Carefully written on the whiteboard behind Captain Dongzhe Lu: "The best safety device in any aircraft is a well-trained crew."
Captain Lu has accrued 40,000 hours on flight decks during 30 years of flying, and is now board director and deputy general manager of China Southern Airlines' West Australian Flying College.
He knows flying, knows safety, and knows pilot training. Captain Lu's watchwords are professionalism, knowledge, flying skill and responsibility, represented for him by the four stripes on a pilot's shoulder. And Captain Lu is proud of China Southern's safety record: "Twelve million hours - no accidents in 15 years."
It might take only about eight hours to fly between Perth and Guangzhou, he says, but on every China Southern Airlines flight there are four highly trained crew in the cockpit.
"On every flight there are two captains and two first officers," Captain Lu says.
At the halfway point, the captain and first officer flying the aircraft change over.
And at this moment, in hushed classrooms and up in the air above Jandakot and Merredin, young men are in training to become multi-engine instrument-rated airline first officers, or co-pilots. "We are aiming for 250 this year," Captain Lu says.
They will sit alongside China Southern Airlines' 5000 pilots, flying its 533 aircraft, some of which link Perth to Guangzhou and then connect on to flights throughout China, across Asia, and on to the rest of the world. Eventually most will progress to become full airline pilots.
With China Southern Airlines looking for an extra 900 pilots this year, the demand is great.
The demands upon the trainees at China Southern West Australian Flying College are formidable, too. All men aged between 21 and 23, the third-year students are attached to the Beijing aviation university, in WA for 18 months, living in four-to-a-room accommodation within the confines of Jandakot Airport, studying complex matters hard. (A glance back at Captain Lu's whiteboard, and there's another phrase: "When the going gets tough, the tough get going.") On average, 5 per cent will fail.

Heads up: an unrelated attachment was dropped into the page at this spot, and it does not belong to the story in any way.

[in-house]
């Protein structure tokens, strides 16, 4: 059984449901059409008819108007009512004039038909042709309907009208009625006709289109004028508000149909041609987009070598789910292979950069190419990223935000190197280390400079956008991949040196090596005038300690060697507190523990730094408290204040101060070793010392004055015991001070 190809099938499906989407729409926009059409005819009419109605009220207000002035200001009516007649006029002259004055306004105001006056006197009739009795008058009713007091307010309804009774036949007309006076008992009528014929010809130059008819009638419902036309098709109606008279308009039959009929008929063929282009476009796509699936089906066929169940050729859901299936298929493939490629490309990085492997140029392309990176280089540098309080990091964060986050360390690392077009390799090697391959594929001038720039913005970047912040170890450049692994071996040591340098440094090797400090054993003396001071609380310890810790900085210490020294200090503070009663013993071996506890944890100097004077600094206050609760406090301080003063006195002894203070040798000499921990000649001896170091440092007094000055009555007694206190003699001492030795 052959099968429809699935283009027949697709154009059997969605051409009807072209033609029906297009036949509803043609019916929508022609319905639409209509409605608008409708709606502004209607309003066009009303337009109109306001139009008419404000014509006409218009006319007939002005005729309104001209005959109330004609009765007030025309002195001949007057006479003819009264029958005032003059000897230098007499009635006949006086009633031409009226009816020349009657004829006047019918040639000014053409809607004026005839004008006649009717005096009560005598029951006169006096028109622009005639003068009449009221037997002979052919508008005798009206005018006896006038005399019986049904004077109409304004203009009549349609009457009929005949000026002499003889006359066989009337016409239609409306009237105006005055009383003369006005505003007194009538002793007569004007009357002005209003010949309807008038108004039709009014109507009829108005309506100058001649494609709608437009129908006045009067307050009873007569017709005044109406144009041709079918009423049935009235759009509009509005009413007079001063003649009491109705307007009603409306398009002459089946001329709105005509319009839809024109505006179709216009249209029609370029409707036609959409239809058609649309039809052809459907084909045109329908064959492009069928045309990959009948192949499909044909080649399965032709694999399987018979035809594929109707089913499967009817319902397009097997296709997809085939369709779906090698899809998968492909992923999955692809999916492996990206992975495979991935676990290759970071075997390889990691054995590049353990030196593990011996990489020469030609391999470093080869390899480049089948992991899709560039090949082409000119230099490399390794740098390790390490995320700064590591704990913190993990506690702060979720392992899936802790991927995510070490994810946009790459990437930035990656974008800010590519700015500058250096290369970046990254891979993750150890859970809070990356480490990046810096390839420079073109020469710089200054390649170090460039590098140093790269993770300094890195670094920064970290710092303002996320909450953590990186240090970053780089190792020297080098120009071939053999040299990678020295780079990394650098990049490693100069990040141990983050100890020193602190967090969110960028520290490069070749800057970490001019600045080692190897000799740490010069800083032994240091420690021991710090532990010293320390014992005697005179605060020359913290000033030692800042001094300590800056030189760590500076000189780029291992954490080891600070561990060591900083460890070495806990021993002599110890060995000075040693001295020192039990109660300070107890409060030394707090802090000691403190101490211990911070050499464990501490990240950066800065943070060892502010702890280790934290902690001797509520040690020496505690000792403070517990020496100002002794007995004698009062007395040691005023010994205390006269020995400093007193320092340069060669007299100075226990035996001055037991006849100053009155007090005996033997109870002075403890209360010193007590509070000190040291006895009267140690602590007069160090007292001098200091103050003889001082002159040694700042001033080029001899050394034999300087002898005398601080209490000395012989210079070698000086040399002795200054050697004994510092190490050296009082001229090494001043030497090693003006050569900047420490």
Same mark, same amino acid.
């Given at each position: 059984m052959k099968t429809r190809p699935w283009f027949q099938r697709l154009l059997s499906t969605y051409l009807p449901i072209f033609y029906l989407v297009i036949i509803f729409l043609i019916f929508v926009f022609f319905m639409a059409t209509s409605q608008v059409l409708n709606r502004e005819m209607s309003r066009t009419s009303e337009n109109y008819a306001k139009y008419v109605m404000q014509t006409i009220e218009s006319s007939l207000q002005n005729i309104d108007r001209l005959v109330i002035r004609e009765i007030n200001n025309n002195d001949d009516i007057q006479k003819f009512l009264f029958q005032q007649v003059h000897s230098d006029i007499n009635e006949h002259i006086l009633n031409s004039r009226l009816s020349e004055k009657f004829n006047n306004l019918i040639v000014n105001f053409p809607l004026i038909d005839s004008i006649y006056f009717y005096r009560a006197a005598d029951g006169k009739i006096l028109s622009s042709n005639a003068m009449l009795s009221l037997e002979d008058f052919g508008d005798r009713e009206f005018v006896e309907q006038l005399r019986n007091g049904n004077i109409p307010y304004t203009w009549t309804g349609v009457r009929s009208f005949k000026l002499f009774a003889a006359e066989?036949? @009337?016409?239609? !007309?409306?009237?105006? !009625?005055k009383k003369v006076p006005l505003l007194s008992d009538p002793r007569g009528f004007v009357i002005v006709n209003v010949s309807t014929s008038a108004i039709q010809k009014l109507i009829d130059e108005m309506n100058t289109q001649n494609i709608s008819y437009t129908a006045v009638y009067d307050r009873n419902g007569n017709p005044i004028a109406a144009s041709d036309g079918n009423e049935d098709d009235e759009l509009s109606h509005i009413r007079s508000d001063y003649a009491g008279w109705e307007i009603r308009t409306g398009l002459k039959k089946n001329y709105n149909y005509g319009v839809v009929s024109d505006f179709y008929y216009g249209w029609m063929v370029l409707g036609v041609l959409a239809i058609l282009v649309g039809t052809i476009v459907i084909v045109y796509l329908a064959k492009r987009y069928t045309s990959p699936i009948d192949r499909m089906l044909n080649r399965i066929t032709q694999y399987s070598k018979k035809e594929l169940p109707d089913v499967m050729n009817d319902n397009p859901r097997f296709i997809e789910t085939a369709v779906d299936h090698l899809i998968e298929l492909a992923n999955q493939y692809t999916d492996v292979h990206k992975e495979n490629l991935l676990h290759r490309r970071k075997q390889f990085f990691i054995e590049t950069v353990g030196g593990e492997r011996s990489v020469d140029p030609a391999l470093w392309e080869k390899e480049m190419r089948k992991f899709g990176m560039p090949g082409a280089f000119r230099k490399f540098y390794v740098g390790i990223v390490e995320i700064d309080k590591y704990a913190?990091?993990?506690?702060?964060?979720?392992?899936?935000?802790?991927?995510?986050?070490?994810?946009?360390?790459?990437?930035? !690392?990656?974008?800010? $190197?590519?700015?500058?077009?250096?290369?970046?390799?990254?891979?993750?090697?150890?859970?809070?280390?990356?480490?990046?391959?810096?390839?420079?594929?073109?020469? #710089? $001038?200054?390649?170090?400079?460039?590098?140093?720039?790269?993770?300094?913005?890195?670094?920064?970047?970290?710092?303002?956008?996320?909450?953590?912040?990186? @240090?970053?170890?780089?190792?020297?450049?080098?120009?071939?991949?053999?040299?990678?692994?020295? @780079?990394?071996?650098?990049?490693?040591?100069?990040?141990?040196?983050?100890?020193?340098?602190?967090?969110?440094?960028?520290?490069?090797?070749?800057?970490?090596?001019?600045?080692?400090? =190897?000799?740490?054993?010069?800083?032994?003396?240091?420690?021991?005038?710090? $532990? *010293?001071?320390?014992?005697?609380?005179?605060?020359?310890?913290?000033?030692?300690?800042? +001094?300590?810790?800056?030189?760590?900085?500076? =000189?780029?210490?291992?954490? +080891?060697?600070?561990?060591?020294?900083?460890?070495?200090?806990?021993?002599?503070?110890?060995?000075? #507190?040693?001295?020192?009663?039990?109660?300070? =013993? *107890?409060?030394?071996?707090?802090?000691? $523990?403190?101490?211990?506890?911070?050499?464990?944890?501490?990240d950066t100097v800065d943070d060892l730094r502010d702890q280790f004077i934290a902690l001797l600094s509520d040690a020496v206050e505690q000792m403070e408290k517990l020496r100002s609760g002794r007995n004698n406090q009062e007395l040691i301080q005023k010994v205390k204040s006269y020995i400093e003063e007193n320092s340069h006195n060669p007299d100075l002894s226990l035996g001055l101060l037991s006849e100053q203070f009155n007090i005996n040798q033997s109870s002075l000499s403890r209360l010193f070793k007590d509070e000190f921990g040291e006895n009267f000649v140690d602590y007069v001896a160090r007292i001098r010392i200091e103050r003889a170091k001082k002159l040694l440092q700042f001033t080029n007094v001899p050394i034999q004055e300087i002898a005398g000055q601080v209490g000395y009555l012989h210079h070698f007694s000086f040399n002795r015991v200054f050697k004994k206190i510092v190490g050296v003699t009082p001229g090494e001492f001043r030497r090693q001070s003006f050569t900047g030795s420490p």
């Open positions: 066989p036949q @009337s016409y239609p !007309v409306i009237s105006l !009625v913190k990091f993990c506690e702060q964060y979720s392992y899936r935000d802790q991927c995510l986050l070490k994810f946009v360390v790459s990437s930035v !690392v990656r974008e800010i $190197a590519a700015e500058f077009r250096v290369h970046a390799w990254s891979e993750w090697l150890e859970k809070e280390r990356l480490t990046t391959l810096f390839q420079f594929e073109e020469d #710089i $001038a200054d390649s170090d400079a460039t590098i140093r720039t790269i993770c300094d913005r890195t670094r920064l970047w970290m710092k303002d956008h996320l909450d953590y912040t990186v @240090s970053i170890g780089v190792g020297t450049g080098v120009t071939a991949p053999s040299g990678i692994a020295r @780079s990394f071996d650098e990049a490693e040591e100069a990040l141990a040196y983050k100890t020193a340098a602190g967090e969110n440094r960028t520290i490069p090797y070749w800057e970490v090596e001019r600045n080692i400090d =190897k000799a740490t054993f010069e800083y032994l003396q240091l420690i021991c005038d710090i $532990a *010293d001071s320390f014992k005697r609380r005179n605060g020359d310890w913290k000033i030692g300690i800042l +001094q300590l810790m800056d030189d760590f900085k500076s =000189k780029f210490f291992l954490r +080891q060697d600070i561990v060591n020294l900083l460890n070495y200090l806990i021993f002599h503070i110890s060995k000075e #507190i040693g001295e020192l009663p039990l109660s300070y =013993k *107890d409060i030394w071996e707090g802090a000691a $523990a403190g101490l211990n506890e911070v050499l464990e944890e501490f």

The trainees start in 35 single- engine aircraft, progress into seven double-engine planes and then the four jets which comprise the Jandakot fleet. They will complete 250 hours of flying and also train using the simulator at Jandakot.
They complete four months at Jandakot before moving to Merredin, where they live in a student village.
An important part of their education is learning of English, which is the mandated international language of aviation. There are signs all around the building instructing that only English must be spoken here.
The China Southern West Australian Flying College was established in 1993 as a joint venture between China Southern Airlines and CAE Oxford Aviation Academy Perth.
There are 125 staff (40 or 50 of whom are local), including 80 instructors and safety, engineering, financial and office support staff, and the facility brings at least $20 million to the State Government each year. Captain Lu says a training fee of $140,000 per student is paid to the government.
All of which rather begs one question: why here? Why doesn't China Southern Airlines have its college in China? Why go to the trouble and expense of setting up and training in WA?
Captain Lu says WA has a very good flying environment - good weather and support systems.
It is also a good place for the young pilots to learn and practise English.
And, he points out, Australia has a very high number of qualified pilots and instructors.
China Southern also trains in Melbourne, the US and Canada but in smaller numbers than in WA. "Yes, WA is the biggest," Captain Lu says. Over its history, he says, 1800 pilots have been trained here.
And while the emphasis is on technical training, skills and flying knowledge, we also talk a great deal about the human factor. About attitudes and mental wellbeing - about the human presence in the cockpit.
For, despite the changes over the many years of Captain Lu's career, he agrees: "Flying is still just flying."
There are two more phrases on the whiteboard that catch the eye:
"It takes courage to talk to others on the team when that might expose some of your own ignorance."
And: "The meaning of loyalty is that you should never forget anyone you have loved."
For more about China Southern Airlines, its services, routes and bookings, visit csair.com/en/. China Southern Airlines provides public ticket sales and information in Perth. Reservations can be made on 1300 889 628 during business hours and inquiries are welcome during office hours from 9am-5pm, Monday to Friday, at Suite 4, Level 2, 3 De Vlamingh Avenue, East Perth. Also see travel agents.
China Southern has a 7/7 safety rating on airlineratings.com.